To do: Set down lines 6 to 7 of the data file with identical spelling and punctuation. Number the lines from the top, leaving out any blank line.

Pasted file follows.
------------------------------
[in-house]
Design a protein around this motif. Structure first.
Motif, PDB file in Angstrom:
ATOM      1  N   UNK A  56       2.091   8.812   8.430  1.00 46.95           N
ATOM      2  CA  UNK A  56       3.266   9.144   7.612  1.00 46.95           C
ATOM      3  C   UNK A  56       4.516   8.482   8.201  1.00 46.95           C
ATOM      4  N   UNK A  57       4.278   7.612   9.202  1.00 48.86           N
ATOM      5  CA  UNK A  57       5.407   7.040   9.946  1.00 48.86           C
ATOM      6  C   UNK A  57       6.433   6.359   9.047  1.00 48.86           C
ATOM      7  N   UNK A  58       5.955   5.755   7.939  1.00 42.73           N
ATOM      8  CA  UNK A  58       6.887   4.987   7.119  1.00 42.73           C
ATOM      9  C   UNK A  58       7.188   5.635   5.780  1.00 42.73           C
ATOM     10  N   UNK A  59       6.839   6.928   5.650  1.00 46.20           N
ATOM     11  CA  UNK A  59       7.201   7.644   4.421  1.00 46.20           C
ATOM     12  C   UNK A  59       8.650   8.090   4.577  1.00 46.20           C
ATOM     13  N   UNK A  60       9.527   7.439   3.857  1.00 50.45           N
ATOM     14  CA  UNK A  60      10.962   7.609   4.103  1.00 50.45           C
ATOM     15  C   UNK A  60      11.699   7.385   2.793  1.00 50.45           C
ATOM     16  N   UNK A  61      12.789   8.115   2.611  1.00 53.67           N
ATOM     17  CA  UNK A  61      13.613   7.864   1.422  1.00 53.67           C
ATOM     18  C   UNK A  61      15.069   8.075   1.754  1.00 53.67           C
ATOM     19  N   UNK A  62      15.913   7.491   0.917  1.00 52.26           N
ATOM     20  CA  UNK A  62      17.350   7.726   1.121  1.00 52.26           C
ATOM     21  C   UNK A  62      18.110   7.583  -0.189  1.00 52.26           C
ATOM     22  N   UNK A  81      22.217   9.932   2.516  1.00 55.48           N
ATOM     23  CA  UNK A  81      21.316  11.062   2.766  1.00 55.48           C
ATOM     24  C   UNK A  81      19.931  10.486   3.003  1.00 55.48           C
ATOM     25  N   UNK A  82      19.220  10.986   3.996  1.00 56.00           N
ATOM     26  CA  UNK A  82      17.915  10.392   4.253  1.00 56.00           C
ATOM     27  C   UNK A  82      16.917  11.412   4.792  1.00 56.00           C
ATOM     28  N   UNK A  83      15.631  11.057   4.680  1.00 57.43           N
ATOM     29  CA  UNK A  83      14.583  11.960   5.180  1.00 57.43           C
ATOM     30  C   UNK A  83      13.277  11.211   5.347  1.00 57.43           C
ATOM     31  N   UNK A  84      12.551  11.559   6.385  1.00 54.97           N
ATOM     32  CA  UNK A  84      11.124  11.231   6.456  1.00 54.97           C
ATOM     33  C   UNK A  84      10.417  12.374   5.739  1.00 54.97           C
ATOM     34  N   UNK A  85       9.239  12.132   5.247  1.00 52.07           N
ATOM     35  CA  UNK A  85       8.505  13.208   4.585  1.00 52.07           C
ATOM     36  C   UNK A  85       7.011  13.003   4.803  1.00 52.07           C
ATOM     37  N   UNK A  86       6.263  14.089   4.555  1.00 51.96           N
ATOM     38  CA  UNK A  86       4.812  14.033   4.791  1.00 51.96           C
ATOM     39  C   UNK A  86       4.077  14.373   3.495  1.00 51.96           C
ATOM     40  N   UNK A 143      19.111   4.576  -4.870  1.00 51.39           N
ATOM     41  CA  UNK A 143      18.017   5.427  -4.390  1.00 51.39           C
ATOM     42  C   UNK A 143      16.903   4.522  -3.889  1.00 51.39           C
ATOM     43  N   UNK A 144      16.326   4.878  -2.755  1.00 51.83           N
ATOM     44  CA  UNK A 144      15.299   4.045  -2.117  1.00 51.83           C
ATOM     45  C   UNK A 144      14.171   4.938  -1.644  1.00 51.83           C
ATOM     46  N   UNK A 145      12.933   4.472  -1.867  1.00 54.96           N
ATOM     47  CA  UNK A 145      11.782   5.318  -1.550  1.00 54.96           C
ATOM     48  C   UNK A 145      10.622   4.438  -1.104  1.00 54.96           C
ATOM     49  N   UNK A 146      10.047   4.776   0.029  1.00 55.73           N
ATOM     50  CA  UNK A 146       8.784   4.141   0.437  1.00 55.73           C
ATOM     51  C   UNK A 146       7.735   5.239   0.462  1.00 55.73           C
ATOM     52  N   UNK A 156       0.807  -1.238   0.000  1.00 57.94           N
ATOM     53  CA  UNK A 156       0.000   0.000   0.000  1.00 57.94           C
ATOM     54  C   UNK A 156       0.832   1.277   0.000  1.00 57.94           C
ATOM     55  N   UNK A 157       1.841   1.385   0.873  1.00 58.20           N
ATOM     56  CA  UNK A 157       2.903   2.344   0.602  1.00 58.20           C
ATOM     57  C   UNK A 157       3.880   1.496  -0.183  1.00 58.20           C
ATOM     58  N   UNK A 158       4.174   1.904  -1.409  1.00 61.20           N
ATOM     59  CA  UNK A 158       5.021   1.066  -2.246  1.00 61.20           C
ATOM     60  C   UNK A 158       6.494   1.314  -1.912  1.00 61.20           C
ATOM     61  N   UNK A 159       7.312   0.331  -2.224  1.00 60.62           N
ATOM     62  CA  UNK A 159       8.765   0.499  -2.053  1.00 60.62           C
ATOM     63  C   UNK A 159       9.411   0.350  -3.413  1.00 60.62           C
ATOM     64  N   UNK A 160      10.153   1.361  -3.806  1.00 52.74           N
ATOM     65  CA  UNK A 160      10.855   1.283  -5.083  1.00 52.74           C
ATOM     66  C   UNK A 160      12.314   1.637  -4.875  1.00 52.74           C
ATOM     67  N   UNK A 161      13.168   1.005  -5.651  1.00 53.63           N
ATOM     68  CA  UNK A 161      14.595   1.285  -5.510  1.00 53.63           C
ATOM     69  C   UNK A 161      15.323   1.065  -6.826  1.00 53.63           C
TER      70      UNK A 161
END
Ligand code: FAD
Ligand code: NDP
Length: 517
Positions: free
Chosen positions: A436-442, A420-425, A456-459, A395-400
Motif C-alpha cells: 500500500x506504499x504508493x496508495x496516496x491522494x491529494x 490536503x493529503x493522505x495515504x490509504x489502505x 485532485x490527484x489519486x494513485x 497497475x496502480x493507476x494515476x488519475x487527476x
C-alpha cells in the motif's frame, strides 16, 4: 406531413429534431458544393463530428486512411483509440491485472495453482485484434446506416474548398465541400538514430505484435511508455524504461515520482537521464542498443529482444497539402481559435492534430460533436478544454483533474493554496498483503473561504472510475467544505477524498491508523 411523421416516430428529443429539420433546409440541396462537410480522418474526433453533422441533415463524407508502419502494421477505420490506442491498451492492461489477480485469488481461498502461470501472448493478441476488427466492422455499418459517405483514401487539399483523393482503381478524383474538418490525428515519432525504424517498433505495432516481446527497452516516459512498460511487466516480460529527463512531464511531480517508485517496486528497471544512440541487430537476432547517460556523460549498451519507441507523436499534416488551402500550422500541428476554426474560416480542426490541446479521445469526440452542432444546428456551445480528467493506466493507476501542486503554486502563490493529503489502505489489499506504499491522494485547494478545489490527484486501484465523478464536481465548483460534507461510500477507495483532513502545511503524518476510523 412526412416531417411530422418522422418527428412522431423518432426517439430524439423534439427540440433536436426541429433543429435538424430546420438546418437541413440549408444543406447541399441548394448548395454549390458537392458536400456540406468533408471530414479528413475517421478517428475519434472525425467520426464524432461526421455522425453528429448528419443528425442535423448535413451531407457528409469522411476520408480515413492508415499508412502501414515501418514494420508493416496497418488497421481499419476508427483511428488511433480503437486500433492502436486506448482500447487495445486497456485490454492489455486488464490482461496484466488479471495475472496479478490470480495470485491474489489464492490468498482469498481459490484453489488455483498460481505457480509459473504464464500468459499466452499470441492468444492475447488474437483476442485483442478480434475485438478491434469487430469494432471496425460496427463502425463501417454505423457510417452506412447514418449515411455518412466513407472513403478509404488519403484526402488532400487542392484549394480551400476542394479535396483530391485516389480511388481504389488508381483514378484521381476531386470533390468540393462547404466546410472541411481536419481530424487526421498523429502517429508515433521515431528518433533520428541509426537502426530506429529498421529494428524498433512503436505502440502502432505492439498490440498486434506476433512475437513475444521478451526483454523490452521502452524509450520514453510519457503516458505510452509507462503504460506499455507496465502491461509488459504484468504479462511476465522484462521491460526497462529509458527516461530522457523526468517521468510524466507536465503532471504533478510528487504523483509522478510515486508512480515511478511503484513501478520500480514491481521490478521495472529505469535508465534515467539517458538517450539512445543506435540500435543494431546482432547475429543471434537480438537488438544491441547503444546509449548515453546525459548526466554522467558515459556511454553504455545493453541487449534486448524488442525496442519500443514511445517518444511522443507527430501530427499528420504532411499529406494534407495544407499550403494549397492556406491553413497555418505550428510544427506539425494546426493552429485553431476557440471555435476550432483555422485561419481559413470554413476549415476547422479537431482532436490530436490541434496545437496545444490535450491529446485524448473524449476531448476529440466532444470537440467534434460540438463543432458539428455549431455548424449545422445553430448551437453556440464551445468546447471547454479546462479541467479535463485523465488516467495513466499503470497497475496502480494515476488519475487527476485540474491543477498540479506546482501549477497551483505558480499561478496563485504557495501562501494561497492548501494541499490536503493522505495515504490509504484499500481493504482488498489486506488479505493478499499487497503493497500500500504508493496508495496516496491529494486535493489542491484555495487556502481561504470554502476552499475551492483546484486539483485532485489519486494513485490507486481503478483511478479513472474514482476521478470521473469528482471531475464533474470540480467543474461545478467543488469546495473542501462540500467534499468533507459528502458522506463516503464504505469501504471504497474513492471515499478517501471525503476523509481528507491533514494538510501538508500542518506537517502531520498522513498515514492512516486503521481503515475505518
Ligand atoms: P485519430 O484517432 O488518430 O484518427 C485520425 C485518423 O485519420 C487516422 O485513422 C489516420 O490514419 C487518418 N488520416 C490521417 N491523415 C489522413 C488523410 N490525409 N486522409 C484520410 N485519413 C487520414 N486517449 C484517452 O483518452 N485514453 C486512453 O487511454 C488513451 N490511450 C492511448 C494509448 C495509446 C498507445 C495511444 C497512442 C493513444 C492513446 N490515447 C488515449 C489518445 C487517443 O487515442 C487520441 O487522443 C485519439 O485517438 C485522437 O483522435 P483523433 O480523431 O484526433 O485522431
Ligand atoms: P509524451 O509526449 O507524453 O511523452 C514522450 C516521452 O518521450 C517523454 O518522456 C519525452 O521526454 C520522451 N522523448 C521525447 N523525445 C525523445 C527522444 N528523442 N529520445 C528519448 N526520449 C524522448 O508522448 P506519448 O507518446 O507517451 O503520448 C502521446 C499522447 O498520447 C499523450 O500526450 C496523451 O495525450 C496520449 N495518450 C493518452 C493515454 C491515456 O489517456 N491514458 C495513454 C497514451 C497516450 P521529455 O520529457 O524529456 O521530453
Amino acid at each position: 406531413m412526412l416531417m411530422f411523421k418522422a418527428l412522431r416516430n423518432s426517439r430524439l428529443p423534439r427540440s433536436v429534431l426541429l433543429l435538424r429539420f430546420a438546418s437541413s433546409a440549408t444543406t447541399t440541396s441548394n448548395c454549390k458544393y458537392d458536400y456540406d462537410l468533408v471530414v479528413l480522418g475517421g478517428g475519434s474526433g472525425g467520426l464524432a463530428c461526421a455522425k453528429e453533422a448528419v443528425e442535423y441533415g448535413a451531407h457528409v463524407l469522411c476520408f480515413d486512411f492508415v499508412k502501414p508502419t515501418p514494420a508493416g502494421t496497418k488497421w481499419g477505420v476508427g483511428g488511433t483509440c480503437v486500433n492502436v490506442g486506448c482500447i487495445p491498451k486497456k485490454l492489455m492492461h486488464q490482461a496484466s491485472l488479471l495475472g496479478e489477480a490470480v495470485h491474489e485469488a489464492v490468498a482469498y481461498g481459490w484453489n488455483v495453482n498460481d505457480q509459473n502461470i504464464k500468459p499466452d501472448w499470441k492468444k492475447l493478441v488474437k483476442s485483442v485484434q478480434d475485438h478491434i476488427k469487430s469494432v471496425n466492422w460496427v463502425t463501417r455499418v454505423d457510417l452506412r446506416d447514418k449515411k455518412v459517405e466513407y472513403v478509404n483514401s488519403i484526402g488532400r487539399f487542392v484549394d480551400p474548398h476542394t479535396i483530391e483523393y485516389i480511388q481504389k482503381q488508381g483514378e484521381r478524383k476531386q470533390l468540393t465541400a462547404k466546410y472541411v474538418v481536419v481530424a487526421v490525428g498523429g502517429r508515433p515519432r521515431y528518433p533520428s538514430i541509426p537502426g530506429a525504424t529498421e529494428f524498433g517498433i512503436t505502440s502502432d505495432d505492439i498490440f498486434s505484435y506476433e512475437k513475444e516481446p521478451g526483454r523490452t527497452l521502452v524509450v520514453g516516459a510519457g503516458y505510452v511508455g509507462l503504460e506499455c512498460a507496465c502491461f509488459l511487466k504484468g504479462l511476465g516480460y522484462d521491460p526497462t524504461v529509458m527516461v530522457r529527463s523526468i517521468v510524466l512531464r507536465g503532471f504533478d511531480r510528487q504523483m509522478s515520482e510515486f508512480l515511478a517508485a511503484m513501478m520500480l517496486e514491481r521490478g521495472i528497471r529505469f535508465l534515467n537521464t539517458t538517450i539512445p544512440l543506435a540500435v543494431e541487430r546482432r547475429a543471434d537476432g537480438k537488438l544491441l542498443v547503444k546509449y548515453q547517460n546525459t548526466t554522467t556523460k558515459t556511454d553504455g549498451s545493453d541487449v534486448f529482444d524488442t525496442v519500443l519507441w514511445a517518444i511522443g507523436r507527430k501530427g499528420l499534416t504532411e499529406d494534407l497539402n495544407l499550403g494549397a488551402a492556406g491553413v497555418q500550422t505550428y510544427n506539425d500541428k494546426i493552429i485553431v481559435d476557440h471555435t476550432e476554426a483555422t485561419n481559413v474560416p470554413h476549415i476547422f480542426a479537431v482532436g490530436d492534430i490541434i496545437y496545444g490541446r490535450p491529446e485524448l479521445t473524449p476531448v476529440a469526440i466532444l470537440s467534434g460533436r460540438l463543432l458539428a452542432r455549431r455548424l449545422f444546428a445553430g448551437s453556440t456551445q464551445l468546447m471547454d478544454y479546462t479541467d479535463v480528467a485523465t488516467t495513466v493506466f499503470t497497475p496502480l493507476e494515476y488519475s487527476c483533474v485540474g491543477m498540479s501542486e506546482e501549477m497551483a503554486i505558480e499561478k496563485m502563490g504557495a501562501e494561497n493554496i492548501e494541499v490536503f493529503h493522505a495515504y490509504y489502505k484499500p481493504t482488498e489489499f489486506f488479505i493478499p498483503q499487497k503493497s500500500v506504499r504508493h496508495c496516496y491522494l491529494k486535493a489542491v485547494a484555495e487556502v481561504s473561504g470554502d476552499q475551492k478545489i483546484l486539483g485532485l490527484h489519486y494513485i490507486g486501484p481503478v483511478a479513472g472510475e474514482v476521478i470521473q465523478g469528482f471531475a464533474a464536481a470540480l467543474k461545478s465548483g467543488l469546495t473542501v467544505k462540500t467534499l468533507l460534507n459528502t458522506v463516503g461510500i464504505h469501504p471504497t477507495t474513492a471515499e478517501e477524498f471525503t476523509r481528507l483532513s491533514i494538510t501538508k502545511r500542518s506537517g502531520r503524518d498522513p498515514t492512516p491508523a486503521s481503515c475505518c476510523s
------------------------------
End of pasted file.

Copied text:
ATOM      3  C   UNK A  56       4.516   8.482   8.201  1.00 46.95           C
ATOM      4  N   UNK A  57       4.278   7.612   9.202  1.00 48.86           N